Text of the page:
You can now get some funds from Celo Faucet so that we can interact with the deployed smart contracts. Even though you are using the app eventually you end up interacting with the smart contracts directly, the app is just an interface for user-friendliness.

Funding wallet with testnet coins

Copy your address.


In the browser go to — https://faucet.celo.org


  • Paste your address, complete the captcha, and tap Get Started.
  • After a few seconds, if you go back to your app, you should see the token received from the faucet.


Keep in mind these are not real funds 😄 these are required to interact with the testnet. You’re finally ready to play around the starter app. 🥳

Exploring the Mobile DApp

Scan the QR code shown in the terminal using the Expo App to open up the app on your device. The moment you see the Metro Bundler will start bundling the code and once that is done your device will start downloading it.

Once done you should have a screen like this.


Note: At this point, if you get redirected to a browser and WalletConnect website, this means you are using Android 11 and above. There are steps to resolve this in the Github repo readme

Tap Connect Wallet to get a prompt to select the wallet of your choice. (For this tutorial Alfajores Wallet)


You will see a screen prompting you to Allow the Starter app to get your account details like account address. Tap Allow.


If successful you will see a notification like this.


If you switch back to the Expo App you will see now that our account is connected.


You can use the interface to interact with the standard Greeting Contract. The address underlined is the address of the Greeting Contract tapping will take you to the explorer.

Try tapping the Read Greeter Contract button and see if you get a greeting. Your output might be different since I have used it before.


You can update the Greeting by using the input field. Once you have your greeting entered in the field tap the Update Greeter Contract.


Since you are doing a write operation on the contract we need to sign this transaction and it will cost you funds, don’t worry we are on testnet so we won’t be using real money.


You should see a screen like this, Alfajores is asking if you want to proceed with the transaction.

  • Click Allow to proceed this will perform an update on the Greeter Contract.
  • Once done if you switch back to the Expo App we can tap the Read Greeter Contract to see our update Greeting.


Similarly, there is a screen for the Storage contract and an Account Info screen to view your account address and disconnect the wallet.


For now, these are all the screens we have but we are planning to add more. Expect more updates on this starter template. But wait there is more. 😲

Customizing the DApp

We have tried to provide a fair amount of customizations that can be done on the starter template and we at Celo working hard to make it easier and easier, to customize and also have plans to have various components that can help with mobile dApp development.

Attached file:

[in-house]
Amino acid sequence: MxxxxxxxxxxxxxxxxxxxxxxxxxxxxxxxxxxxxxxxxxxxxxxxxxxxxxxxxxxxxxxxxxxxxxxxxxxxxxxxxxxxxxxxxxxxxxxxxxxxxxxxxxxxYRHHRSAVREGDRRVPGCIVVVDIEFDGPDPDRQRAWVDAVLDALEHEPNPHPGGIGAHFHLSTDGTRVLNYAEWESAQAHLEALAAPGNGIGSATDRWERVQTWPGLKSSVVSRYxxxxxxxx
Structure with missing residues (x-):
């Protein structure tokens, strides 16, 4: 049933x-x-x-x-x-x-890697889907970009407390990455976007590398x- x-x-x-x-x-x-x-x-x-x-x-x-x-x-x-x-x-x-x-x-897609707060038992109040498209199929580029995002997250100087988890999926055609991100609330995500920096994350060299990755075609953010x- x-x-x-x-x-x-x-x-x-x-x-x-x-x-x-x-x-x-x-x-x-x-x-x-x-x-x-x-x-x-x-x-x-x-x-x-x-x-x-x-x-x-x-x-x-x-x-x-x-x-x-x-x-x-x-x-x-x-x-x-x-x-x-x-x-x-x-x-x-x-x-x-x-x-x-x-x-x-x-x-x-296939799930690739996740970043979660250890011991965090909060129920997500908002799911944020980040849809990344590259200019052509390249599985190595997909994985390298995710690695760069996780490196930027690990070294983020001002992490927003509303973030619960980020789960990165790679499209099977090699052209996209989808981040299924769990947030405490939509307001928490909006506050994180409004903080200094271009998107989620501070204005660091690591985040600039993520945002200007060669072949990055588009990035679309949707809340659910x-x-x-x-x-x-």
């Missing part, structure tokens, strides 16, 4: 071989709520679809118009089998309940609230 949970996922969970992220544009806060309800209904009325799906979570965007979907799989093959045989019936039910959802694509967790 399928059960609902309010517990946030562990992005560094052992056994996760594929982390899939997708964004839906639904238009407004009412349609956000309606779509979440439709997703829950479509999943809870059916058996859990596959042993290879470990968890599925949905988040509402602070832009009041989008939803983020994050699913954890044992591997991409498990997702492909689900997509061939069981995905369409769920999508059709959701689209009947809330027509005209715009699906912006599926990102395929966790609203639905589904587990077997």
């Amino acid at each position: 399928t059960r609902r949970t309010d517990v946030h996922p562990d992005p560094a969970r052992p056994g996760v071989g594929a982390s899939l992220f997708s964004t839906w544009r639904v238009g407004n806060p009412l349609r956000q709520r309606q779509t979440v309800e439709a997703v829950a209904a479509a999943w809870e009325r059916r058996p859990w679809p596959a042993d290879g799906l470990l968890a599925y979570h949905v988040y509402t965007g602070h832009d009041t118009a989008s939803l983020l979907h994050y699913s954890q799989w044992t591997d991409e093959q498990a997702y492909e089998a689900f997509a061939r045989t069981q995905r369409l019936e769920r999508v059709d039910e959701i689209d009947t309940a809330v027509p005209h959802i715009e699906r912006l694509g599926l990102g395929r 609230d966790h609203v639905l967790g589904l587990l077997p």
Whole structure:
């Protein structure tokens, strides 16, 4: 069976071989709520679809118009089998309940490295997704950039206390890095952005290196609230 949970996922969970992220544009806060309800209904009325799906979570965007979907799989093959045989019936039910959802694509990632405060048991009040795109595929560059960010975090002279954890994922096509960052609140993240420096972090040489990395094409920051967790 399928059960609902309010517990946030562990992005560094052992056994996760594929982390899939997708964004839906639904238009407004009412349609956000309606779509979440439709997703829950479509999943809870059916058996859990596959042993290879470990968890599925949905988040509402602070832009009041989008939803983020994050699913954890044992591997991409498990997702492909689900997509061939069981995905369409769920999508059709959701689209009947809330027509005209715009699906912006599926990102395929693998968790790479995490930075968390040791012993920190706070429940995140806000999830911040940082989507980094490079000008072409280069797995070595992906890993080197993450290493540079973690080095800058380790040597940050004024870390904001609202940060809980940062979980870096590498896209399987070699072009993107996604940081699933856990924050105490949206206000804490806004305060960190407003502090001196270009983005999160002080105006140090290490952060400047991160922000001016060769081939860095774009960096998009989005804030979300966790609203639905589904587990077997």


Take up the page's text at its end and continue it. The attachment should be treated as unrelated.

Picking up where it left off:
For now, here is a list of things you can do:

  • Add a splash screen: Add the splash screen image inside /assets/images
  • Change app colors: Edit Colors.ts in /constants
  • Add touchable opacity to buttons: Inside /components you will see I have added some modified TouchableOpacitycomponent to look like a button with color, feel free to edit it as you like.
  • Organize component styles: There is also a ThemeProvider.ts in /context which uses React Native StyleSheet for organizing styles for components, play with it as you like.
  • Organize your styles: It is not necessary to take the template as-is for design purposes, you can have your own way of code organization for colors and styles.
  • Add more screens: To add more screens to your app, there is /screens folder to add more screen files this is for code organization purposes.
  • Add to the interface: However, to add it to the interface check out the LinkingConfiguration.ts in /navigation
  • Add tabs: index.tsx inside /navigation has the code to the BottomTab navigation where you can add more tabs to various screens.
  • Add drawer navigation: After 3 to 4 screens BottomTab might not be the right choice to add more tabs so check out the docs to the Drawer Navigation.
  • Change app names: Refer to edit it inside index.js line number 15.
  • Add contracts: Add solidity files to in /hardhat/contracts

In the end, it is an Expo-based React Native project, so it can be customized as you want. Feel free to report any issues under the Issues tab in the Github repo and if you plan to contribute we will welcome you with open hands. 🤝

External References

Here are some links that can help if you wish to explore more.

  • React Native — Library to build cross-platform apps.
  • Expo — React Native Framework.
  • React Navigation — Library to help with navigation of screens.
  • Hardhat — Library to help with smart contract testing and deployment.
  • Solidity — Language used to write smart contracts.
  • WalletConnect — Library to access mobile install wallets in our dApps.